Fund Industry Leaders Encourage Cultural Stability and Willingness to Embrace Change
The mutual fund industry is being driven by change, a theme that dominated the panel “Facing the Future: Leadership Perspectives,” on the second day of ICI’s 61st General Membership Meeting, held May 1–3 in Washington, DC.
The panel—moderated by Sarah Ketterer, CEO and cofounder of Causeway Capital Management, and featuring Martin Flanagan, Invesco president and CEO, and Joseph A. Sullivan, chairman and CEO of Legg Mason—highlighted why firms should be encouraging a positive workplace culture, which will enable them to embrace the fast pace of industry change.
A Strong Team Culture Makes for a Successful Firm
Employees are the “engine room of performance,” Ketterer told the audience. So what can firms do to not only hire, but also retain top talent? Both Flanagan and Sullivan agreed that the key to a successful firm is cultivating a strong firm culture. This means making it an environment where employees enjoy working and where they can grow professionally and personally. “That's what drives the engagement and the talent,” said Flanagan. “What I’m most proud of at Invesco…is the culture of the firm. It’s [a] culture that cares about clients, people want to work at the firm, people stay at the firm, and that attracts talent to the firm. And when you have that, good things happen.”
Sullivan believes that the industry is moving away from the notion of creating “star managers” and moving toward encouraging a teamwork mindset. “I think investors increasingly want a depth of talent behind the investment strategies in which they invest,” he said. “Where we’re strongest within our affiliates is where we have teams.”
Embrace the Opportunity Within Change
In his years in this industry, Flanagan has never seen it change this rapidly and in so many different ways. There is now a need to constantly evolve, while focusing on client needs and demands. “What we can do for our clients, the combination of things that are coming together, it's at a level that we've never seen before,” said Flanagan. For example, today’s IT department isn’t just a back-office function that serves the needs of staff. Instead, they are a customer-facing team that serves the needs of clients. Sullivan agreed, saying, “You have to be able to develop a mindset of constant innovation and constant iteration.” But both industry leaders agreed that this isn’t an easy task, and many might be afraid of experiencing “change fatigue.” The key, however, is to remind people that industry change is positive and benefits the industry as a whole. Change “gives great opportunity for people to develop, to grow, [and to] to make a difference in their career,” said Flanagan.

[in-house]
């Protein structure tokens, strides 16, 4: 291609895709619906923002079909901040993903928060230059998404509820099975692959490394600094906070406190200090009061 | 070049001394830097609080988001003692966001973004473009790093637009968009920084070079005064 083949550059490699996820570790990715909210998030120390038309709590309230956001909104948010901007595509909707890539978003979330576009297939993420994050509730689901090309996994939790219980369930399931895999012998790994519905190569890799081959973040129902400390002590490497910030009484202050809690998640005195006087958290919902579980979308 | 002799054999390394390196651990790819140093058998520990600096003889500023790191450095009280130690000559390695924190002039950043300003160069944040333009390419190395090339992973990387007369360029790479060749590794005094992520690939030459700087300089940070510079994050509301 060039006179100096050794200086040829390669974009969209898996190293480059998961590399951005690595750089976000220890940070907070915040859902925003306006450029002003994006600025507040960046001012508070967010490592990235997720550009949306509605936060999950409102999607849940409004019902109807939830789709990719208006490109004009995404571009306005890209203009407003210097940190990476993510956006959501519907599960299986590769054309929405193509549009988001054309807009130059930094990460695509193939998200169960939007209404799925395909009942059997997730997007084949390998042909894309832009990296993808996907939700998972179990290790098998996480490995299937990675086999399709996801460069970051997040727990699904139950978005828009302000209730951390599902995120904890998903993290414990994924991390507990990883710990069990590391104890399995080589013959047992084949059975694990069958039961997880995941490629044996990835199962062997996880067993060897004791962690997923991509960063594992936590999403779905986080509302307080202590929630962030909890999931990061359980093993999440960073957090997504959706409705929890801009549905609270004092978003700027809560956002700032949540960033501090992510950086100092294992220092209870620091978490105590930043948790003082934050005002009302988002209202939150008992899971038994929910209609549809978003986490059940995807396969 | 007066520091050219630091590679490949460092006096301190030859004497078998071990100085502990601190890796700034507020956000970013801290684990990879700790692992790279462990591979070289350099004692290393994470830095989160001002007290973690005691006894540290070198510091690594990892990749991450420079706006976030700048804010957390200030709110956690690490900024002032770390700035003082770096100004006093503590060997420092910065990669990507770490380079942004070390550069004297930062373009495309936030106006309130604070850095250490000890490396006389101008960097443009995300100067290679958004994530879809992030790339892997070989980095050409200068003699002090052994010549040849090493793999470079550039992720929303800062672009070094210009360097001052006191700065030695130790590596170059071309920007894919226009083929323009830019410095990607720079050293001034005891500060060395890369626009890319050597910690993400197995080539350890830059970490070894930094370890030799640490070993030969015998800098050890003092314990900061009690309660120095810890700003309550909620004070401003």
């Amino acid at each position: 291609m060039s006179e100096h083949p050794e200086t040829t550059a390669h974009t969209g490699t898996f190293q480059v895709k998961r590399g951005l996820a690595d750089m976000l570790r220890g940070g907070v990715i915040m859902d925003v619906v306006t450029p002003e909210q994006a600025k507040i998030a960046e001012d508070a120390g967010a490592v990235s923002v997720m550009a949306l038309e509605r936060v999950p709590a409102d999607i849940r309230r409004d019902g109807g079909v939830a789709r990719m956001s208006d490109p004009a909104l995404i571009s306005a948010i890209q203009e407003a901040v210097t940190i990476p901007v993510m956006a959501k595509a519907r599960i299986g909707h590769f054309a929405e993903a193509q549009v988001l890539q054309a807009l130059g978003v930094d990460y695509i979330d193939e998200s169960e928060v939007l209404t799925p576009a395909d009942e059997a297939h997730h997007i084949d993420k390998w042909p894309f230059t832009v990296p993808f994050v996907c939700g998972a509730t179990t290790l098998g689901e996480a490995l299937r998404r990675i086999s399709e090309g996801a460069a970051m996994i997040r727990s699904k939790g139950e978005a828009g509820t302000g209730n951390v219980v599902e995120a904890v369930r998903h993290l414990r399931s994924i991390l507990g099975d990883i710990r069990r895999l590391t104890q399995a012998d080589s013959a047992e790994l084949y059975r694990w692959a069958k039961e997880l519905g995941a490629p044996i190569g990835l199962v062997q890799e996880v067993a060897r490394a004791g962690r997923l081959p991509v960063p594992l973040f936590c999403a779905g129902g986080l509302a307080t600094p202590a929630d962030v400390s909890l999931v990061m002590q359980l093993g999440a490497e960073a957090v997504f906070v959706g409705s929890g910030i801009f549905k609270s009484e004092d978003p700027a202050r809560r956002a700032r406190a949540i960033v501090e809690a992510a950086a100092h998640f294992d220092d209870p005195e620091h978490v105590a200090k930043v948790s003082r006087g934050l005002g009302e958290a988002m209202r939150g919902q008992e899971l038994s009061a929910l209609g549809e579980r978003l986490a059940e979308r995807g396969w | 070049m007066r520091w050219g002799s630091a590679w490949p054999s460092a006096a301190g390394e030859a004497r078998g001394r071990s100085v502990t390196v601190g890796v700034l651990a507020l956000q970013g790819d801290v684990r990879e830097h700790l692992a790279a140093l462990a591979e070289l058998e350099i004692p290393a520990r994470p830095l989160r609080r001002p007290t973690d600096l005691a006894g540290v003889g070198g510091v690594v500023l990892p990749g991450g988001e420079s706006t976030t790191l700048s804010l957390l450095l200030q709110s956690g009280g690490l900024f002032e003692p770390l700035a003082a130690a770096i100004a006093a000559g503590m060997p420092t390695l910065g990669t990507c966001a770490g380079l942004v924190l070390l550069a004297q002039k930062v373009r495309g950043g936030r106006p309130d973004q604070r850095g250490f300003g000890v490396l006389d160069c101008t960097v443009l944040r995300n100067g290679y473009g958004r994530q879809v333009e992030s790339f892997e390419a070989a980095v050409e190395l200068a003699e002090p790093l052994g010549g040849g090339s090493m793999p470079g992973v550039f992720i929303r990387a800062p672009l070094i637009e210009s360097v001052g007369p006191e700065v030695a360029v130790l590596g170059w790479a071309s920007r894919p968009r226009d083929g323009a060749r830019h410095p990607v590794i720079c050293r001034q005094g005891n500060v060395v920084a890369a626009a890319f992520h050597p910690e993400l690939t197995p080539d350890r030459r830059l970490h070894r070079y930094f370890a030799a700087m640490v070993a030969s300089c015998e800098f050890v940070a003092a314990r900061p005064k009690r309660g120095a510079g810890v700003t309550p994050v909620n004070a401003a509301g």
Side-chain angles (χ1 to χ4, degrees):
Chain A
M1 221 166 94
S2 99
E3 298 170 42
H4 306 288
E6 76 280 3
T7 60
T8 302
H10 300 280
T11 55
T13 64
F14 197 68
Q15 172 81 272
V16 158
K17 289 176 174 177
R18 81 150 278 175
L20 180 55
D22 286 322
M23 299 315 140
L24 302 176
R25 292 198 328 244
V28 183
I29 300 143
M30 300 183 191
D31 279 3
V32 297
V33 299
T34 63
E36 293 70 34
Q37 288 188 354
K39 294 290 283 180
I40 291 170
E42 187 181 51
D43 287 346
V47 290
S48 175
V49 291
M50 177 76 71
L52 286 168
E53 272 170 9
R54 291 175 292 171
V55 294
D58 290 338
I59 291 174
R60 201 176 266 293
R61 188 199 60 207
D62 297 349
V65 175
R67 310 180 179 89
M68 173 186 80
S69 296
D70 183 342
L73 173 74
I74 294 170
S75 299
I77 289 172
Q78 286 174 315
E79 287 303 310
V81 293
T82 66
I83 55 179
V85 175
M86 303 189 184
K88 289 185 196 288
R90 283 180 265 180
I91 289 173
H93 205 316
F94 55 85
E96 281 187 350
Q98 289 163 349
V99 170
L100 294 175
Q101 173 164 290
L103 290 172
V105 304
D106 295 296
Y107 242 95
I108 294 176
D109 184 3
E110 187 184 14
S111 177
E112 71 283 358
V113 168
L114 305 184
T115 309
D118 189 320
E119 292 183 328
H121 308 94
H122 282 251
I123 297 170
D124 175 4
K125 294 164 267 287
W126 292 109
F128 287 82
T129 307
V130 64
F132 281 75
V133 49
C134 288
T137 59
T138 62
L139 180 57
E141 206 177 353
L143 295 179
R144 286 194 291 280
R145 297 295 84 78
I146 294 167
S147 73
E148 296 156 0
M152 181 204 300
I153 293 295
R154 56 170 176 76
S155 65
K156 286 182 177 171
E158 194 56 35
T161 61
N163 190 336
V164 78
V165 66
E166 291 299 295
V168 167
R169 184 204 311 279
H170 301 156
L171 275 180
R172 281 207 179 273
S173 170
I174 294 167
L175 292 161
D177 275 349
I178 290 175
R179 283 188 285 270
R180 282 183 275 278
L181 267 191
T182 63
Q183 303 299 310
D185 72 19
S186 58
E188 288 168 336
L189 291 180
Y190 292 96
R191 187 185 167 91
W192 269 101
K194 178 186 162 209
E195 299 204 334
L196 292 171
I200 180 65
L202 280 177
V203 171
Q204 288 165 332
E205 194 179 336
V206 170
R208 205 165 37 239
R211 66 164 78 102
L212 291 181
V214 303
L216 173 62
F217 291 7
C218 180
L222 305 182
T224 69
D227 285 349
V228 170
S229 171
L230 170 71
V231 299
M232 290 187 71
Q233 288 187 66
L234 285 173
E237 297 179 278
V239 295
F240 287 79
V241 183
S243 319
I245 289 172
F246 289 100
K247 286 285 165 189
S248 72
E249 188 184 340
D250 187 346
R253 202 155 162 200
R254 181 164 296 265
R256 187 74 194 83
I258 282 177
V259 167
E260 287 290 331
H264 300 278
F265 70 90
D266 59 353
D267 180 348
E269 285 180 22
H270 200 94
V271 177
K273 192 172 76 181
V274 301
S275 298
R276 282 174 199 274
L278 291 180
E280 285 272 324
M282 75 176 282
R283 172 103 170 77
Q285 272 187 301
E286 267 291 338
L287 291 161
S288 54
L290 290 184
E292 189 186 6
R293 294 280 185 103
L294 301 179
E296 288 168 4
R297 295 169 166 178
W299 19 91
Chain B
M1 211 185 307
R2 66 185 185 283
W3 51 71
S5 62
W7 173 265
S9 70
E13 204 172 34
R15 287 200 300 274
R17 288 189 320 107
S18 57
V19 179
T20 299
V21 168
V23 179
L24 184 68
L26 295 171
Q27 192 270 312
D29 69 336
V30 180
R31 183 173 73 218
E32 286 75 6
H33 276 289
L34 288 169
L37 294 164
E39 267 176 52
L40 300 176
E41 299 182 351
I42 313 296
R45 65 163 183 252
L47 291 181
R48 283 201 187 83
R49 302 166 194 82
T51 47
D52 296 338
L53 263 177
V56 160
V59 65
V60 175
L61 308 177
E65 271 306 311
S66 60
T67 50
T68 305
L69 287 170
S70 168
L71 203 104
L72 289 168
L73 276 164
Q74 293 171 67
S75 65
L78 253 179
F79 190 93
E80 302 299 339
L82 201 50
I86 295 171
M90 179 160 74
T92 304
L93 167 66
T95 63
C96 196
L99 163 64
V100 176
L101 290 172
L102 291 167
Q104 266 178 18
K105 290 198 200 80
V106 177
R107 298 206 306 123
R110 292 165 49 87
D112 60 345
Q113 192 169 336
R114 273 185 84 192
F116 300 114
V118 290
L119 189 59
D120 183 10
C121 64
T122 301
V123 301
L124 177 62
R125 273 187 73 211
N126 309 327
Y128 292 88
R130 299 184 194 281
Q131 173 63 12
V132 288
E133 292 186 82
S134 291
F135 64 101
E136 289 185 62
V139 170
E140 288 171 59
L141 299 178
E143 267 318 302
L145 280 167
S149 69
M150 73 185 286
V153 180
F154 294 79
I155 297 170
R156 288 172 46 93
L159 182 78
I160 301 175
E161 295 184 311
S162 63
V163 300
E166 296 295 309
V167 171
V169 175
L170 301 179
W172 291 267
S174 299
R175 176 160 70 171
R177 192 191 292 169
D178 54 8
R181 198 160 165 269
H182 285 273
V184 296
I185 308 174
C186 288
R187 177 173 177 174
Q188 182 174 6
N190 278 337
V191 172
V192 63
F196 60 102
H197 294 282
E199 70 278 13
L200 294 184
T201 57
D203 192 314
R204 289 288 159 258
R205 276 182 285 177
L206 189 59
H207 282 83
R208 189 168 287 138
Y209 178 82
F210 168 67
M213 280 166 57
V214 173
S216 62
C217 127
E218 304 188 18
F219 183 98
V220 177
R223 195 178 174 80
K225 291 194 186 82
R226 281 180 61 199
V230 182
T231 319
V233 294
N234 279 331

Another positive outcome of change in the industry? It attracts younger talent. “As some younger people come into the industry [and] as we bring in more people from technology into our industry, that is their mindset. They’re more comfortable constantly iterating, evolving, and adapting, maybe more than some who’ve been at it for a while,” added Sullivan.
Facing the Future
What’s next for the fund industry? Though Sullivan believes “the only thing we know for certain is that it will look a lot different,” he also said the industry will become more open to joint ventures and partnerships, as a way of providing options. These partnerships will allow firms to quickly adapt to new challenges and opportunities. As for Flanagan, he believes the industry is going to keep “embracing technology in a powerful way” so that clients can continue having better and better experiences.